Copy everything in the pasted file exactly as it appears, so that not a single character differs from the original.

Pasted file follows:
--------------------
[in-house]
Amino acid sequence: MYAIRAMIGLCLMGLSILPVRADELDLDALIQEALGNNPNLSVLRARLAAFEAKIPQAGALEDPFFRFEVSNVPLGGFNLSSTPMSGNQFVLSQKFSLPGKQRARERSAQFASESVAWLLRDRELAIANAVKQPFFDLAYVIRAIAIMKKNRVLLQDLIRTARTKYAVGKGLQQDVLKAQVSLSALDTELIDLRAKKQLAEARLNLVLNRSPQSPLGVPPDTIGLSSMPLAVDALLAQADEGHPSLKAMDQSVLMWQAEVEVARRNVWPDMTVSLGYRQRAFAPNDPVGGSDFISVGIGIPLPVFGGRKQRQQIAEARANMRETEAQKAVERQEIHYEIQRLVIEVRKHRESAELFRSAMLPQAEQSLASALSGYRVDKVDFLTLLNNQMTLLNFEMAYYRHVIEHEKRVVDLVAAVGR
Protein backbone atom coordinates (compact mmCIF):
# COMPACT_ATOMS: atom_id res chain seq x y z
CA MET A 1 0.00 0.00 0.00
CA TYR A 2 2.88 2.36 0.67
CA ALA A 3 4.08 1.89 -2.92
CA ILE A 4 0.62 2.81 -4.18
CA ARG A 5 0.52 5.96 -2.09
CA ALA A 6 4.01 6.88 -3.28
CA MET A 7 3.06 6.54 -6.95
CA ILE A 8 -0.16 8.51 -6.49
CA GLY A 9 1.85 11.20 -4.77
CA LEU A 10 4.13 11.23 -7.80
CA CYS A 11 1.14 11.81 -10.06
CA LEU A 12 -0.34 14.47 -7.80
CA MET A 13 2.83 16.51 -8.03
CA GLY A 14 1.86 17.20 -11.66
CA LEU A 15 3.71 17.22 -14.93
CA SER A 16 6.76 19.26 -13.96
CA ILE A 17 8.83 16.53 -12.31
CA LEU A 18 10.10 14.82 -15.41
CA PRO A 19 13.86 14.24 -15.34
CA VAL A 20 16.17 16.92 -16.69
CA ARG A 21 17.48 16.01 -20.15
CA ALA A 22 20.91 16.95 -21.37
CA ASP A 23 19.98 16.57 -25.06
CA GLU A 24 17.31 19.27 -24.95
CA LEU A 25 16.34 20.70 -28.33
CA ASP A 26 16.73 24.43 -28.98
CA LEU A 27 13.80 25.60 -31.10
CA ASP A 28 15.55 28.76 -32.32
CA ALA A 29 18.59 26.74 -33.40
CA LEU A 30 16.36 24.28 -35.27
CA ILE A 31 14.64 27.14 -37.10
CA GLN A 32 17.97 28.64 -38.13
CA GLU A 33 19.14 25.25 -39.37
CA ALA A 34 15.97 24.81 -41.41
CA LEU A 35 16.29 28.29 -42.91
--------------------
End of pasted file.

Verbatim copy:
[in-house]
Amino acid sequence: MYAIRAMIGLCLMGLSILPVRADELDLDALIQEALGNNPNLSVLRARLAAFEAKIPQAGALEDPFFRFEVSNVPLGGFNLSSTPMSGNQFVLSQKFSLPGKQRARERSAQFASESVAWLLRDRELAIANAVKQPFFDLAYVIRAIAIMKKNRVLLQDLIRTARTKYAVGKGLQQDVLKAQVSLSALDTELIDLRAKKQLAEARLNLVLNRSPQSPLGVPPDTIGLSSMPLAVDALLAQADEGHPSLKAMDQSVLMWQAEVEVARRNVWPDMTVSLGYRQRAFAPNDPVGGSDFISVGIGIPLPVFGGRKQRQQIAEARANMRETEAQKAVERQEIHYEIQRLVIEVRKHRESAELFRSAMLPQAEQSLASALSGYRVDKVDFLTLLNNQMTLLNFEMAYYRHVIEHEKRVVDLVAAVGR
Protein backbone atom coordinates (compact mmCIF):
# COMPACT_ATOMS: atom_id res chain seq x y z
CA MET A 1 0.00 0.00 0.00
CA TYR A 2 2.88 2.36 0.67
CA ALA A 3 4.08 1.89 -2.92
CA ILE A 4 0.62 2.81 -4.18
CA ARG A 5 0.52 5.96 -2.09
CA ALA A 6 4.01 6.88 -3.28
CA MET A 7 3.06 6.54 -6.95
CA ILE A 8 -0.16 8.51 -6.49
CA GLY A 9 1.85 11.20 -4.77
CA LEU A 10 4.13 11.23 -7.80
CA CYS A 11 1.14 11.81 -10.06
CA LEU A 12 -0.34 14.47 -7.80
CA MET A 13 2.83 16.51 -8.03
CA GLY A 14 1.86 17.20 -11.66
CA LEU A 15 3.71 17.22 -14.93
CA SER A 16 6.76 19.26 -13.96
CA ILE A 17 8.83 16.53 -12.31
CA LEU A 18 10.10 14.82 -15.41
CA PRO A 19 13.86 14.24 -15.34
CA VAL A 20 16.17 16.92 -16.69
CA ARG A 21 17.48 16.01 -20.15
CA ALA A 22 20.91 16.95 -21.37
CA ASP A 23 19.98 16.57 -25.06
CA GLU A 24 17.31 19.27 -24.95
CA LEU A 25 16.34 20.70 -28.33
CA ASP A 26 16.73 24.43 -28.98
CA LEU A 27 13.80 25.60 -31.10
CA ASP A 28 15.55 28.76 -32.32
CA ALA A 29 18.59 26.74 -33.40
CA LEU A 30 16.36 24.28 -35.27
CA ILE A 31 14.64 27.14 -37.10
CA GLN A 32 17.97 28.64 -38.13
CA GLU A 33 19.14 25.25 -39.37
CA ALA A 34 15.97 24.81 -41.41
CA LEU A 35 16.29 28.29 -42.91